During his research, Matthews also located the niece of the senior officer aboard the plane, Capt. John H. Norton, of Marion, South Carolina. She will soon be presented the Purple Heart in honor of her uncle, a 1943 West Point graduate who led the counterintelligence team attached to the 11th Airborne Division.

He hopes the ceremony in Hawaii and the other in South Carolina will help other families pursue the Purple Hearts their loved ones earned with their service.

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Russia hits Ukraine’s power grid with a ‘massive’ attack on a day marking the WWII defeat of Nazism

At least two people were injured and 13 residential buildings damaged as a result of Russian attacks overnight in Kyiv region.

In this photo provided by the Ukrainian Emergency Service, rescuers work at a damaged building after a Russian missile attack in Kyiv region, Ukraine, Wednesday, May 8, 2024. (Ukrainian Emergency Service via AP Photo)

In this photo provided by the Ukrainian Emergency Service, rescuers work at a damaged building after a Russian missile attack in Kyiv region, Ukraine, Wednesday, May 8, 2024. (Ukrainian Emergency Service via AP Photo)

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Police experts inspect the site of a Russian missile attack, in Zaporizhzhia, Ukraine, Wednesday, May 8, 2024. (AP Photo/Andriy Andriyenko)

A man looks at the debris of a car following a Russian missile attack in Zaporizhzhia, Ukraine, Wednesday, May 8, 2024. (AP Photo/Andriy Andriyenko)

Ukrainian servicemen turn over a damaged car at the scene of a Russian missile attack in Zaporizhzhia, Ukraine, Wednesday, May 8, 2024. (AP Photo/Andriy Andriyenko)

Flames burn in a crater following a Russian missile attack in Zaporizhzhia, Ukraine, Wednesday, May 8, 2024. (AP Photo/Andriy Andriyenko)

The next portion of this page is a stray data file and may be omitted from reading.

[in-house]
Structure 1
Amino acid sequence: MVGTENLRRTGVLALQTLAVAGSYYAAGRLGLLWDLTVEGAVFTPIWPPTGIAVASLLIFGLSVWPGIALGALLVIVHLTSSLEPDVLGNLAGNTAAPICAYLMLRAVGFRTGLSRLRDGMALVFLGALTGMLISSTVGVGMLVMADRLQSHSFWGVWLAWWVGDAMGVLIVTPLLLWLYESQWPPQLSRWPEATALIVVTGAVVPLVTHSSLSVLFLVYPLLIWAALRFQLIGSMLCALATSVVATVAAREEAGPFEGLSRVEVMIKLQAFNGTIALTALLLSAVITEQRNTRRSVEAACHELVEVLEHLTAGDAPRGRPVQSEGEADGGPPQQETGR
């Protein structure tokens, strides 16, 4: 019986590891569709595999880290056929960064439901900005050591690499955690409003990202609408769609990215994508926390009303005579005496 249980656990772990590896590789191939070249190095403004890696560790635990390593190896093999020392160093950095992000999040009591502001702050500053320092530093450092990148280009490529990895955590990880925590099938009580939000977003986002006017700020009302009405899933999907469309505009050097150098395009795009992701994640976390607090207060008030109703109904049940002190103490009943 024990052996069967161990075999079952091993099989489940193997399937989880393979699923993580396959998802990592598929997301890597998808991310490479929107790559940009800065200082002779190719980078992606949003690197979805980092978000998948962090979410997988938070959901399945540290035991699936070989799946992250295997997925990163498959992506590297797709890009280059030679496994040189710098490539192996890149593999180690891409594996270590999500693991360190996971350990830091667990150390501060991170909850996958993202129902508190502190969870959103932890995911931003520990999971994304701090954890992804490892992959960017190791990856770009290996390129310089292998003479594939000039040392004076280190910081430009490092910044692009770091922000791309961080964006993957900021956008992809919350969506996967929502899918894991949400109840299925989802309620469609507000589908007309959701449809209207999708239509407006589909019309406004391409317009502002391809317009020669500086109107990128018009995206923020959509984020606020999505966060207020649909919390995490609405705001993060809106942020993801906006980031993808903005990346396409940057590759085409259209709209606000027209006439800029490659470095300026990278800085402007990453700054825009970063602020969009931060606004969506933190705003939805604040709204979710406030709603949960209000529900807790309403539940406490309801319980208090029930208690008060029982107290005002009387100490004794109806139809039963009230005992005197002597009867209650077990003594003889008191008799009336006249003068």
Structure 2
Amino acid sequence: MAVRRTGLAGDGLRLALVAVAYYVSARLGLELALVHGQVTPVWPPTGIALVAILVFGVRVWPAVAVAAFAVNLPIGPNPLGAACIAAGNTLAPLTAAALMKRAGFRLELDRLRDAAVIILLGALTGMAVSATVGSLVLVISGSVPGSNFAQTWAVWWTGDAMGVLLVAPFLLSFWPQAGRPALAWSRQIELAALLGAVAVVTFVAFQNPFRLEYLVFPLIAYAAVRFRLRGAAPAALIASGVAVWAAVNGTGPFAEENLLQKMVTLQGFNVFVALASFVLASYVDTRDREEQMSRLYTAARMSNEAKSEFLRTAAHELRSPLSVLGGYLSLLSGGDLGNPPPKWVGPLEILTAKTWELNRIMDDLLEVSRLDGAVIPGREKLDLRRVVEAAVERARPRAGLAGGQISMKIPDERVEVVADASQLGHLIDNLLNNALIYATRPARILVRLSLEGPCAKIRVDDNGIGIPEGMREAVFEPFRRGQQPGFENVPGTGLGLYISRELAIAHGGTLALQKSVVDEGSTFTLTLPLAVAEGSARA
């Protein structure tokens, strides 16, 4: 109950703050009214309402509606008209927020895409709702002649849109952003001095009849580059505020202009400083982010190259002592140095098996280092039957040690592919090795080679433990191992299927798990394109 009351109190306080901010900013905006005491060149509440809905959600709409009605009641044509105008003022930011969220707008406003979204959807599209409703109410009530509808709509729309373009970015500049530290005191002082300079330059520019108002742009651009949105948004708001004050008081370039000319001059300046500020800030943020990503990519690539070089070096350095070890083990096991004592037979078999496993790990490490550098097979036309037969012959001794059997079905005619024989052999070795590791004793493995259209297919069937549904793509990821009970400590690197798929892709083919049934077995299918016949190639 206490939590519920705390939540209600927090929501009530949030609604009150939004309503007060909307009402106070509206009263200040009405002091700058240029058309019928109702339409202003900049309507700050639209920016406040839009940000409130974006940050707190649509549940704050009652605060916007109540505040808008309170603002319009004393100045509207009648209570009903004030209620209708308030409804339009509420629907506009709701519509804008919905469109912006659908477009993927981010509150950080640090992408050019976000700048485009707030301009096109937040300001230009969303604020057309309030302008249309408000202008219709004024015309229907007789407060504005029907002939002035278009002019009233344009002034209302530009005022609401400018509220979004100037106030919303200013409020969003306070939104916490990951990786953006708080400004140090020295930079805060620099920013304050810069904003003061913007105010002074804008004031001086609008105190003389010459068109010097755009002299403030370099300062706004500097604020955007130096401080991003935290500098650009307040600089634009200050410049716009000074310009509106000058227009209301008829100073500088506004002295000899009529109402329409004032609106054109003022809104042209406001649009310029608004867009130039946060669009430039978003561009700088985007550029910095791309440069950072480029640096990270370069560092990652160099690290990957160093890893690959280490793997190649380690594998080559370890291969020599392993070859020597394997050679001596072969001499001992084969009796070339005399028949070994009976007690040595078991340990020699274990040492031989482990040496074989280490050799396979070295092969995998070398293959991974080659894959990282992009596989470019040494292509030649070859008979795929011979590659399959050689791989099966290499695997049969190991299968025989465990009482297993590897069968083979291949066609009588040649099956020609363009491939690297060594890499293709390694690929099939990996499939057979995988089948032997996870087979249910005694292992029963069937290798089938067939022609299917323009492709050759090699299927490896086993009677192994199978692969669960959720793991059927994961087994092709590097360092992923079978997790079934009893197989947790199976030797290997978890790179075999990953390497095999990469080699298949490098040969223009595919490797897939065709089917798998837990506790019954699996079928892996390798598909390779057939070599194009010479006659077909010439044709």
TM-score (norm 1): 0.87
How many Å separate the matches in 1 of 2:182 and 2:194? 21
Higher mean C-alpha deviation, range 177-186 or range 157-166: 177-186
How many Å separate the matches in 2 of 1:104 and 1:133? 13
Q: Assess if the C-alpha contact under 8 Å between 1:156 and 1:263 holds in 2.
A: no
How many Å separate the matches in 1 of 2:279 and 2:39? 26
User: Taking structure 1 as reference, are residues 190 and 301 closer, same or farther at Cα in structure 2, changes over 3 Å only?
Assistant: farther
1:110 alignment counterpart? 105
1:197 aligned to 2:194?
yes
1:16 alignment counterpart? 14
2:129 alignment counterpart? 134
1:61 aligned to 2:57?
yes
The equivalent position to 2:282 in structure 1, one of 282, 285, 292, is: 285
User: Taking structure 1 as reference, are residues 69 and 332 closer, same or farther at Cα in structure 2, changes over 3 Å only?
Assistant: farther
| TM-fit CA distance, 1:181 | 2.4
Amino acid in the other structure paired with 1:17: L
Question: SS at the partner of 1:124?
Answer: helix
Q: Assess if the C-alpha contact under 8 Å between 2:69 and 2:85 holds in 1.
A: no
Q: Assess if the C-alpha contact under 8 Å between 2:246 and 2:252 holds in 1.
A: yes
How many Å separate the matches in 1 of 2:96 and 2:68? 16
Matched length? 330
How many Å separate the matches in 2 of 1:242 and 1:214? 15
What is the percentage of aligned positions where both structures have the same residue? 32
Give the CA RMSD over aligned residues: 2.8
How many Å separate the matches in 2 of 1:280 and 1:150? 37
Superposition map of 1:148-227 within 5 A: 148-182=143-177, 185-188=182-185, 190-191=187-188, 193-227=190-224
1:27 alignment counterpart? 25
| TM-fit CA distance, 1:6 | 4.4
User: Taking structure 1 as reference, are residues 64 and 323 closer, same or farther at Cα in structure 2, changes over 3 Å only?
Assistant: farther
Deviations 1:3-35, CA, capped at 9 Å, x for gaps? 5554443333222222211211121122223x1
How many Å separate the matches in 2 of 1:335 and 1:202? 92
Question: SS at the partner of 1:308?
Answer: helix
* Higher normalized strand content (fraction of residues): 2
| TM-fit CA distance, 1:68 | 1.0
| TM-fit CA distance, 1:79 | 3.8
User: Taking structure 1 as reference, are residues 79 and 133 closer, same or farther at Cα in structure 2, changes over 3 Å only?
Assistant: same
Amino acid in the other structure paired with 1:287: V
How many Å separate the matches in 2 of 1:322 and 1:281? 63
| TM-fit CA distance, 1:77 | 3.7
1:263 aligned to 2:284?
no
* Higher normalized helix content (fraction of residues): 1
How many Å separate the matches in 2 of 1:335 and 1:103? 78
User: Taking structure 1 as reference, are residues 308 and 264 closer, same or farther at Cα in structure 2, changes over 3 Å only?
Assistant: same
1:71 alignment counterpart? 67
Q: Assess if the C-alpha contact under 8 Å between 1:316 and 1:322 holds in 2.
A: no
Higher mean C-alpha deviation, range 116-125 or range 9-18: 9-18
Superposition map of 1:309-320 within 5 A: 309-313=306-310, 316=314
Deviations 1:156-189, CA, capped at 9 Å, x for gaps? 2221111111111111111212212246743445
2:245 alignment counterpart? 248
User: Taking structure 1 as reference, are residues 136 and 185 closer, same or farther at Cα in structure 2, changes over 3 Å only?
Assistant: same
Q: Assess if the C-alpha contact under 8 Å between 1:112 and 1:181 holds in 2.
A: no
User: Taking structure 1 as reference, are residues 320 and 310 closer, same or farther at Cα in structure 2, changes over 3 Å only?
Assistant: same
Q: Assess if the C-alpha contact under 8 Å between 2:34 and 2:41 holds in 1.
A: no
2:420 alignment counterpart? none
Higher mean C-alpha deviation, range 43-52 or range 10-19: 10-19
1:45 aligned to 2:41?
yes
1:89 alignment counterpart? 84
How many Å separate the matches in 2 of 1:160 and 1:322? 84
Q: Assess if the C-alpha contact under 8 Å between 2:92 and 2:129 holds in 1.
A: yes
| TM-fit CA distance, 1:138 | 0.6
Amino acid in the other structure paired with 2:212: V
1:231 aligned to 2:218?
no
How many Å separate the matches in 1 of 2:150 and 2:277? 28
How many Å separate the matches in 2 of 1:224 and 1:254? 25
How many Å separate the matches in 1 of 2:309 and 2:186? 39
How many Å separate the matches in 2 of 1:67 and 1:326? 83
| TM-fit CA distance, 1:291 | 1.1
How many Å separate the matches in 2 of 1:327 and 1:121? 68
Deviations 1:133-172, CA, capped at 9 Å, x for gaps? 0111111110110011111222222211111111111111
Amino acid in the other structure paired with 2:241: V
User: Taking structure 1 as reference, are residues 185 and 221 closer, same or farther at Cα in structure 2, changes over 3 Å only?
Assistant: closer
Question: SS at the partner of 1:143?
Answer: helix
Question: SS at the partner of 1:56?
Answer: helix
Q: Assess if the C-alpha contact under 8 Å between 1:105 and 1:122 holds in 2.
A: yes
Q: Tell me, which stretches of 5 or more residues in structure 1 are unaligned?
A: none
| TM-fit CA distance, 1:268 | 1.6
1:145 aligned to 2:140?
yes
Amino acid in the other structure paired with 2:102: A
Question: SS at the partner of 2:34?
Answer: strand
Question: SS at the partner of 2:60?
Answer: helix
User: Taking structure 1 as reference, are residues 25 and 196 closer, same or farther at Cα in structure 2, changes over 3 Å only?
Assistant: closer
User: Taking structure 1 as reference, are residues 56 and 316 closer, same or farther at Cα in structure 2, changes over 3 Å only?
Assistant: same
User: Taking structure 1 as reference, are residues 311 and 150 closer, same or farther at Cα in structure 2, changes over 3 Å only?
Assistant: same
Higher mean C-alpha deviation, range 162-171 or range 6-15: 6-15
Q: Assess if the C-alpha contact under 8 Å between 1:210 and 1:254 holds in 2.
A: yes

A woman walks in front of a crater caused by a Russian missile attack in Zaporizhzhia, Ukraine, Wednesday, May 8, 2024. (AP Photo/Andriy Andriyenko)

Police officers inspect a crater after a Russian missile attack in Zaporizhzhia, Ukraine, Wednesday, May 8, 2024. (AP Photo/Andriy Andriyenko)

KYIV, Ukraine (AP) — Russian forces unleashed a nighttime barrage of more than 50 cruise missiles and explosive drones at Ukraine’s power grid Wednesday, targeting a wide area in what President Volodymyr Zelenskyy called a “massive” attack on the day the country celebrates the defeat of Nazism in World War II.

The bombardment blasted targets in seven Ukrainian regions, including the Kyiv area and parts of the south and west, damaging homes and the country’s rail network, authorities said. Three people, including an 8-year-old girl, were injured, according to officials.

Russia has repeatedly pounded Ukraine’s energy infrastructure during the war that is stretching into its third year and has claimed thousands of lives. By taking out the power, the Kremlin’s forces aim to rob Ukrainian manufacturing of its energy supply, especially military plants, and crush public morale.

Russian attacks have damaged nearly half of Ukraine’s power infrastructure since the start of the Kremlin’s full-scale invasion in February 2022, officials say. The damage is estimated at $12.5 billion, with $1 billion inflicted during the past two weeks, according to the chairman of the Ukrainian Parliament’s Committee on Energy and Housing Services, Andrii Herus.